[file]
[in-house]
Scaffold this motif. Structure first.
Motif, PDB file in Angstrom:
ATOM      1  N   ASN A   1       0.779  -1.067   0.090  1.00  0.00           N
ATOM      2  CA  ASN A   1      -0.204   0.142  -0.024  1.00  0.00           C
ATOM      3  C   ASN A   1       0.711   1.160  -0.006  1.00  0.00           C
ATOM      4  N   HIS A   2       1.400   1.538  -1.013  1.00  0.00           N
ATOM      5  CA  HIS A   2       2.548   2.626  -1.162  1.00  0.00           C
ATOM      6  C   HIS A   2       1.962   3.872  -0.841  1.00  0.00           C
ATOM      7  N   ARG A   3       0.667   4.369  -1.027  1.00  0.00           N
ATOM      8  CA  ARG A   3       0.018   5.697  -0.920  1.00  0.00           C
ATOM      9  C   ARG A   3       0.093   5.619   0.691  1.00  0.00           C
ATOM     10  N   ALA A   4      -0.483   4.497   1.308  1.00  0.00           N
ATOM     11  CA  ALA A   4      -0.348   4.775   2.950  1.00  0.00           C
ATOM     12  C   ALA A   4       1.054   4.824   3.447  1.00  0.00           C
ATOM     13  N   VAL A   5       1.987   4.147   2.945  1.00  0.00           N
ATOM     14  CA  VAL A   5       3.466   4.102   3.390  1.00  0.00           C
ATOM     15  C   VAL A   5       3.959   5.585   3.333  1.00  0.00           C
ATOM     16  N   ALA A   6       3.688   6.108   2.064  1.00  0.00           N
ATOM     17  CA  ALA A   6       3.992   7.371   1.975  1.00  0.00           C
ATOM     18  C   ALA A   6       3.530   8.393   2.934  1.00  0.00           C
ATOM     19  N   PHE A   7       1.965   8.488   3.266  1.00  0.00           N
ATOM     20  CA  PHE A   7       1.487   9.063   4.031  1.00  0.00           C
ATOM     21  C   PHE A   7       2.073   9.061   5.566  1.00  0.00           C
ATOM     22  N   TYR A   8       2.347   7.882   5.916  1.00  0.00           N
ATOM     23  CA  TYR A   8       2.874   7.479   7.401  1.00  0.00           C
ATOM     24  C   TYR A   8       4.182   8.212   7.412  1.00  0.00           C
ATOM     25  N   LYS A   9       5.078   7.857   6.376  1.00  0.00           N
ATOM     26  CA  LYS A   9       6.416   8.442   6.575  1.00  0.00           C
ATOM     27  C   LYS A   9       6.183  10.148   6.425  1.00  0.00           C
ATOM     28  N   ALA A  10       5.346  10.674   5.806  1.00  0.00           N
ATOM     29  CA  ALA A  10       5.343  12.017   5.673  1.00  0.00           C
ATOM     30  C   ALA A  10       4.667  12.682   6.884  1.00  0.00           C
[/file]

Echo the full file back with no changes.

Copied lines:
[in-house]
Scaffold this motif. Structure first.
Motif, PDB file in Angstrom:
ATOM      1  N   ASN A   1       0.779  -1.067   0.090  1.00  0.00           N
ATOM      2  CA  ASN A   1      -0.204   0.142  -0.024  1.00  0.00           C
ATOM      3  C   ASN A   1       0.711   1.160  -0.006  1.00  0.00           C
ATOM      4  N   HIS A   2       1.400   1.538  -1.013  1.00  0.00           N
ATOM      5  CA  HIS A   2       2.548   2.626  -1.162  1.00  0.00           C
ATOM      6  C   HIS A   2       1.962   3.872  -0.841  1.00  0.00           C
ATOM      7  N   ARG A   3       0.667   4.369  -1.027  1.00  0.00           N
ATOM      8  CA  ARG A   3       0.018   5.697  -0.920  1.00  0.00           C
ATOM      9  C   ARG A   3       0.093   5.619   0.691  1.00  0.00           C
ATOM     10  N   ALA A   4      -0.483   4.497   1.308  1.00  0.00           N
ATOM     11  CA  ALA A   4      -0.348   4.775   2.950  1.00  0.00           C
ATOM     12  C   ALA A   4       1.054   4.824   3.447  1.00  0.00           C
ATOM     13  N   VAL A   5       1.987   4.147   2.945  1.00  0.00           N
ATOM     14  CA  VAL A   5       3.466   4.102   3.390  1.00  0.00           C
ATOM     15  C   VAL A   5       3.959   5.585   3.333  1.00  0.00           C
ATOM     16  N   ALA A   6       3.688   6.108   2.064  1.00  0.00           N
ATOM     17  CA  ALA A   6       3.992   7.371   1.975  1.00  0.00           C
ATOM     18  C   ALA A   6       3.530   8.393   2.934  1.00  0.00           C
ATOM     19  N   PHE A   7       1.965   8.488   3.266  1.00  0.00           N
ATOM     20  CA  PHE A   7       1.487   9.063   4.031  1.00  0.00           C
ATOM     21  C   PHE A   7       2.073   9.061   5.566  1.00  0.00           C
ATOM     22  N   TYR A   8       2.347   7.882   5.916  1.00  0.00           N
ATOM     23  CA  TYR A   8       2.874   7.479   7.401  1.00  0.00           C
ATOM     24  C   TYR A   8       4.182   8.212   7.412  1.00  0.00           C
ATOM     25  N   LYS A   9       5.078   7.857   6.376  1.00  0.00           N
ATOM     26  CA  LYS A   9       6.416   8.442   6.575  1.00  0.00           C
ATOM     27  C   LYS A   9       6.183  10.148   6.425  1.00  0.00           C
ATOM     28  N   ALA A  10       5.346  10.674   5.806  1.00  0.00           N
ATOM     29  CA  ALA A  10       5.343  12.017   5.673  1.00  0.00           C
ATOM     30  C   ALA A  10       4.667  12.682   6.884  1.00  0.00           C